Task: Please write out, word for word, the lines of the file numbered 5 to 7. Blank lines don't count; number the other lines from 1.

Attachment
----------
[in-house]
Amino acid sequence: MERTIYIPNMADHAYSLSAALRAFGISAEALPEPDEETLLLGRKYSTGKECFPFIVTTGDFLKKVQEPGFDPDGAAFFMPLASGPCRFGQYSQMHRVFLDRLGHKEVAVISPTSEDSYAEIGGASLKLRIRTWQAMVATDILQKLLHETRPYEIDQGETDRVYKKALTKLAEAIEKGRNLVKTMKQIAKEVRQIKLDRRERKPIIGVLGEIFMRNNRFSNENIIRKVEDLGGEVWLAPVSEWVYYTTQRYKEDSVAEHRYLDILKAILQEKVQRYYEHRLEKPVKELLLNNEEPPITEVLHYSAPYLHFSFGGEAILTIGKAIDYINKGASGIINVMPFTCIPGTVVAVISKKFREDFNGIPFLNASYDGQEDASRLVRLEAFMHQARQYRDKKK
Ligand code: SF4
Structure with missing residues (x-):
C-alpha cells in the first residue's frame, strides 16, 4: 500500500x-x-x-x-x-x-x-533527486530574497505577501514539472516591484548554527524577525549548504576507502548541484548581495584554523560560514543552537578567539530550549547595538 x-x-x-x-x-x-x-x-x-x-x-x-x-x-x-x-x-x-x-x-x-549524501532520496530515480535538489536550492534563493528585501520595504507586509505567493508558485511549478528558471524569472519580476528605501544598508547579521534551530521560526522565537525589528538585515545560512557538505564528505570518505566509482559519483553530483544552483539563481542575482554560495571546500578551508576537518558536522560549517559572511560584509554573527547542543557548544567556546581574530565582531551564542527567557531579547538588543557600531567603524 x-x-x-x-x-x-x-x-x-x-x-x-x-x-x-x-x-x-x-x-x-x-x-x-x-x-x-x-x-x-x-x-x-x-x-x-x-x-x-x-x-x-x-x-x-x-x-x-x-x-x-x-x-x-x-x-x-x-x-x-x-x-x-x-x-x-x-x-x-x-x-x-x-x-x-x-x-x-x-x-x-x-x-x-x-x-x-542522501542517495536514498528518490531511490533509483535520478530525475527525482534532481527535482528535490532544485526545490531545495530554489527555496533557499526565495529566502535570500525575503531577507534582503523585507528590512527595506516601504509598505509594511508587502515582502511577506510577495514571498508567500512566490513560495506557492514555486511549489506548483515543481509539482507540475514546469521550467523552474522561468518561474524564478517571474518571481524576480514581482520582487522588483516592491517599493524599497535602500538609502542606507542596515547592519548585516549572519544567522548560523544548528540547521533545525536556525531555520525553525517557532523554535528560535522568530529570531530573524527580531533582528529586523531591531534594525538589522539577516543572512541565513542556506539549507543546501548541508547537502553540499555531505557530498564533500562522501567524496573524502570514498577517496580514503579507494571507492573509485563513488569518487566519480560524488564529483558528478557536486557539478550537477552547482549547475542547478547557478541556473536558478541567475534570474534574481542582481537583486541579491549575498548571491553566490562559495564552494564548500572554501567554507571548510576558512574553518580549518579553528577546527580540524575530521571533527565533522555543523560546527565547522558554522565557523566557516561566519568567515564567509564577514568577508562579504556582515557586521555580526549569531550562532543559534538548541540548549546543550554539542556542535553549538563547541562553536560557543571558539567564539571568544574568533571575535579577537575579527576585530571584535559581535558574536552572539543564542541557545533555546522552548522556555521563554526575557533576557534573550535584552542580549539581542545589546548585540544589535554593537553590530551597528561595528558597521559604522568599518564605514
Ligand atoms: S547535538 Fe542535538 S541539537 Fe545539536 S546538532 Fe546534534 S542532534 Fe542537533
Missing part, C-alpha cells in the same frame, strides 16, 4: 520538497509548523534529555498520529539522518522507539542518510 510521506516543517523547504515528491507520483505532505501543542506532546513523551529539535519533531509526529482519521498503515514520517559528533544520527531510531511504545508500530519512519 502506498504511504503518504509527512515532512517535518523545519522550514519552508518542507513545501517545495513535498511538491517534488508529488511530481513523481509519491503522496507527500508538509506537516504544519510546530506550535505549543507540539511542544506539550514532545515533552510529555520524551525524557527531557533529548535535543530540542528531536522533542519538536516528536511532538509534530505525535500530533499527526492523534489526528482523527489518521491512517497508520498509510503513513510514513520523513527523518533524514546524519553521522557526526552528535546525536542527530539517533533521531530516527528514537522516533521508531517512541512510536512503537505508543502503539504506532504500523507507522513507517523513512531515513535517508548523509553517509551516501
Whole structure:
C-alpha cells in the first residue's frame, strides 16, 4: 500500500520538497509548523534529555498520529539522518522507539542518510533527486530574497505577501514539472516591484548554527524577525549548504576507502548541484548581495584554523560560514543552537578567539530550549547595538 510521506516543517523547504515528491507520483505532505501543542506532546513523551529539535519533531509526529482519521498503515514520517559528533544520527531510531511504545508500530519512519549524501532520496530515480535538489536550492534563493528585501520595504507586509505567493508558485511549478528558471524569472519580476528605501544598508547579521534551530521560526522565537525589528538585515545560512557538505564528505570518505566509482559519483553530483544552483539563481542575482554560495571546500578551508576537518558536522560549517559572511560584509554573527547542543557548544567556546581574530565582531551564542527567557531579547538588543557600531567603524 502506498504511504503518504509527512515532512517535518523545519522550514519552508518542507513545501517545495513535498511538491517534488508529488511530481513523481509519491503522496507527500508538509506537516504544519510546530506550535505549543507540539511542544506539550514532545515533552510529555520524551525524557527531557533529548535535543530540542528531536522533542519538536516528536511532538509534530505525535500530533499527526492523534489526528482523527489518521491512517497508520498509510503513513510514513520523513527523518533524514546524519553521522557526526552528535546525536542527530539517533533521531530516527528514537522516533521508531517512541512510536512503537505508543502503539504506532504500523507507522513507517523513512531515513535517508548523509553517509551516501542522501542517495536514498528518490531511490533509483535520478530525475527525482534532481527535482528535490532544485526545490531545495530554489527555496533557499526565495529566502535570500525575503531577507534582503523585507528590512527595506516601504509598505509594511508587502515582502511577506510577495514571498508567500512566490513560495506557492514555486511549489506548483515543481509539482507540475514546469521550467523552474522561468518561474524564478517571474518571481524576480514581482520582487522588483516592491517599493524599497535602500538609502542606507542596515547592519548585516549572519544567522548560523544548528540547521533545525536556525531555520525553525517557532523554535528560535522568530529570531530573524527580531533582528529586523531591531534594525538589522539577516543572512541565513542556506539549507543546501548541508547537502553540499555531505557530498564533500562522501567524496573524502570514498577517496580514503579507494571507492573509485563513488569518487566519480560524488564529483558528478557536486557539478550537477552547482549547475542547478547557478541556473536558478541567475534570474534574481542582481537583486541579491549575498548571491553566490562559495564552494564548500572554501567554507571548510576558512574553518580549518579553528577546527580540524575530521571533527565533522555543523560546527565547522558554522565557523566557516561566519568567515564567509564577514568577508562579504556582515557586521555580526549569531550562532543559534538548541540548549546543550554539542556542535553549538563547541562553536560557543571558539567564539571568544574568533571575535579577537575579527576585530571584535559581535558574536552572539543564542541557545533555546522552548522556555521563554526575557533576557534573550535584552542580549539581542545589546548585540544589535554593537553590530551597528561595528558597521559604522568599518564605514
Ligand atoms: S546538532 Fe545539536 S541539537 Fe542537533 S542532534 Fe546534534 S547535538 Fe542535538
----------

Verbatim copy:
C-alpha cells in the first residue's frame, strides 16, 4: 500500500x-x-x-x-x-x-x-533527486530574497505577501514539472516591484548554527524577525549548504576507502548541484548581495584554523560560514543552537578567539530550549547595538 x-x-x-x-x-x-x-x-x-x-x-x-x-x-x-x-x-x-x-x-x-549524501532520496530515480535538489536550492534563493528585501520595504507586509505567493508558485511549478528558471524569472519580476528605501544598508547579521534551530521560526522565537525589528538585515545560512557538505564528505570518505566509482559519483553530483544552483539563481542575482554560495571546500578551508576537518558536522560549517559572511560584509554573527547542543557548544567556546581574530565582531551564542527567557531579547538588543557600531567603524 x-x-x-x-x-x-x-x-x-x-x-x-x-x-x-x-x-x-x-x-x-x-x-x-x-x-x-x-x-x-x-x-x-x-x-x-x-x-x-x-x-x-x-x-x-x-x-x-x-x-x-x-x-x-x-x-x-x-x-x-x-x-x-x-x-x-x-x-x-x-x-x-x-x-x-x-x-x-x-x-x-x-x-x-x-x-x-542522501542517495536514498528518490531511490533509483535520478530525475527525482534532481527535482528535490532544485526545490531545495530554489527555496533557499526565495529566502535570500525575503531577507534582503523585507528590512527595506516601504509598505509594511508587502515582502511577506510577495514571498508567500512566490513560495506557492514555486511549489506548483515543481509539482507540475514546469521550467523552474522561468518561474524564478517571474518571481524576480514581482520582487522588483516592491517599493524599497535602500538609502542606507542596515547592519548585516549572519544567522548560523544548528540547521533545525536556525531555520525553525517557532523554535528560535522568530529570531530573524527580531533582528529586523531591531534594525538589522539577516543572512541565513542556506539549507543546501548541508547537502553540499555531505557530498564533500562522501567524496573524502570514498577517496580514503579507494571507492573509485563513488569518487566519480560524488564529483558528478557536486557539478550537477552547482549547475542547478547557478541556473536558478541567475534570474534574481542582481537583486541579491549575498548571491553566490562559495564552494564548500572554501567554507571548510576558512574553518580549518579553528577546527580540524575530521571533527565533522555543523560546527565547522558554522565557523566557516561566519568567515564567509564577514568577508562579504556582515557586521555580526549569531550562532543559534538548541540548549546543550554539542556542535553549538563547541562553536560557543571558539567564539571568544574568533571575535579577537575579527576585530571584535559581535558574536552572539543564542541557545533555546522552548522556555521563554526575557533576557534573550535584552542580549539581542545589546548585540544589535554593537553590530551597528561595528558597521559604522568599518564605514
Ligand atoms: S547535538 Fe542535538 S541539537 Fe545539536 S546538532 Fe546534534 S542532534 Fe542537533
Missing part, C-alpha cells in the same frame, strides 16, 4: 520538497509548523534529555498520529539522518522507539542518510 510521506516543517523547504515528491507520483505532505501543542506532546513523551529539535519533531509526529482519521498503515514520517559528533544520527531510531511504545508500530519512519 502506498504511504503518504509527512515532512517535518523545519522550514519552508518542507513545501517545495513535498511538491517534488508529488511530481513523481509519491503522496507527500508538509506537516504544519510546530506550535505549543507540539511542544506539550514532545515533552510529555520524551525524557527531557533529548535535543530540542528531536522533542519538536516528536511532538509534530505525535500530533499527526492523534489526528482523527489518521491512517497508520498509510503513513510514513520523513527523518533524514546524519553521522557526526552528535546525536542527530539517533533521531530516527528514537522516533521508531517512541512510536512503537505508543502503539504506532504500523507507522513507517523513512531515513535517508548523509553517509551516501